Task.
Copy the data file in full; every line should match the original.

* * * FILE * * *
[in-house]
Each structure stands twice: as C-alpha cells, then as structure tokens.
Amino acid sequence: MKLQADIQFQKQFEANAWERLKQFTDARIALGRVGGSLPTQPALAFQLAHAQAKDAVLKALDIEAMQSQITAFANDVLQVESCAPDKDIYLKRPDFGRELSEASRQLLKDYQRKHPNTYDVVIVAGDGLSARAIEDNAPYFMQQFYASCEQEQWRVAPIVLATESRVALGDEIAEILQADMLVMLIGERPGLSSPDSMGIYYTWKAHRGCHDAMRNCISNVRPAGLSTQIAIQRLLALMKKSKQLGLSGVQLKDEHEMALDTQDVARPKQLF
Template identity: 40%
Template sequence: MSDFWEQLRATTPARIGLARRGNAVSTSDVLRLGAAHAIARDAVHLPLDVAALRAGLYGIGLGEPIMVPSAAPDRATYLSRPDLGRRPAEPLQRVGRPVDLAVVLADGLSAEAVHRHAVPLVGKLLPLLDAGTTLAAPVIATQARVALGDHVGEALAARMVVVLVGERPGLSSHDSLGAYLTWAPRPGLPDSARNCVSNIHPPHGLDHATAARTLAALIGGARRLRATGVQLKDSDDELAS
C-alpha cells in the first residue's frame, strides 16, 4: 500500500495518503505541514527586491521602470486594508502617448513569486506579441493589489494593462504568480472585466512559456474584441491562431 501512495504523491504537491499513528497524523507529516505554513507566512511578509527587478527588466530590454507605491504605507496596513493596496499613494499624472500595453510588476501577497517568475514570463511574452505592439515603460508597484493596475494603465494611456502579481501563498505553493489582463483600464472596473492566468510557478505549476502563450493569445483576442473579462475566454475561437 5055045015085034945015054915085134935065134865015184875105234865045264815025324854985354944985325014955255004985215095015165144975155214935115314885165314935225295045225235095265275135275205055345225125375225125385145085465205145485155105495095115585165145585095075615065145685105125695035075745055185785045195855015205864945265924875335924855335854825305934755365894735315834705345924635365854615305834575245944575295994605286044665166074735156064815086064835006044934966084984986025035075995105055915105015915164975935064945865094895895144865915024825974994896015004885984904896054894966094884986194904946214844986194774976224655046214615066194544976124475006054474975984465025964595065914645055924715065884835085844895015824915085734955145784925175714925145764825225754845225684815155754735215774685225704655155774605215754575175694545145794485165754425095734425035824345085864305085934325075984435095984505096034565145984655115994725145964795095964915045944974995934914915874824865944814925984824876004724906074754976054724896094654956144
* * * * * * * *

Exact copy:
[in-house]
Each structure stands twice: as C-alpha cells, then as structure tokens.
Amino acid sequence: MKLQADIQFQKQFEANAWERLKQFTDARIALGRVGGSLPTQPALAFQLAHAQAKDAVLKALDIEAMQSQITAFANDVLQVESCAPDKDIYLKRPDFGRELSEASRQLLKDYQRKHPNTYDVVIVAGDGLSARAIEDNAPYFMQQFYASCEQEQWRVAPIVLATESRVALGDEIAEILQADMLVMLIGERPGLSSPDSMGIYYTWKAHRGCHDAMRNCISNVRPAGLSTQIAIQRLLALMKKSKQLGLSGVQLKDEHEMALDTQDVARPKQLF
Template identity: 40%
Template sequence: MSDFWEQLRATTPARIGLARRGNAVSTSDVLRLGAAHAIARDAVHLPLDVAALRAGLYGIGLGEPIMVPSAAPDRATYLSRPDLGRRPAEPLQRVGRPVDLAVVLADGLSAEAVHRHAVPLVGKLLPLLDAGTTLAAPVIATQARVALGDHVGEALAARMVVVLVGERPGLSSHDSLGAYLTWAPRPGLPDSARNCVSNIHPPHGLDHATAARTLAALIGGARRLRATGVQLKDSDDELAS
C-alpha cells in the first residue's frame, strides 16, 4: 500500500495518503505541514527586491521602470486594508502617448513569486506579441493589489494593462504568480472585466512559456474584441491562431 501512495504523491504537491499513528497524523507529516505554513507566512511578509527587478527588466530590454507605491504605507496596513493596496499613494499624472500595453510588476501577497517568475514570463511574452505592439515603460508597484493596475494603465494611456502579481501563498505553493489582463483600464472596473492566468510557478505549476502563450493569445483576442473579462475566454475561437 5055045015085034945015054915085134935065134865015184875105234865045264815025324854985354944985325014955255004985215095015165144975155214935115314885165314935225295045225235095265275135275205055345225125375225125385145085465205145485155105495095115585165145585095075615065145685105125695035075745055185785045195855015205864945265924875335924855335854825305934755365894735315834705345924635365854615305834575245944575295994605286044665166074735156064815086064835006044934966084984986025035075995105055915105015915164975935064945865094895895144865915024825974994896015004885984904896054894966094884986194904946214844986194774976224655046214615066194544976124475006054474975984465025964595065914645055924715065884835085844895015824915085734955145784925175714925145764825225754845225684815155754735215774685225704655155774605215754575175694545145794485165754425095734425035824345085864305085934325075984435095984505096034565145984655115994725145964795095964915045944974995934914915874824865944814925984824876004724906074754976054724896094654956144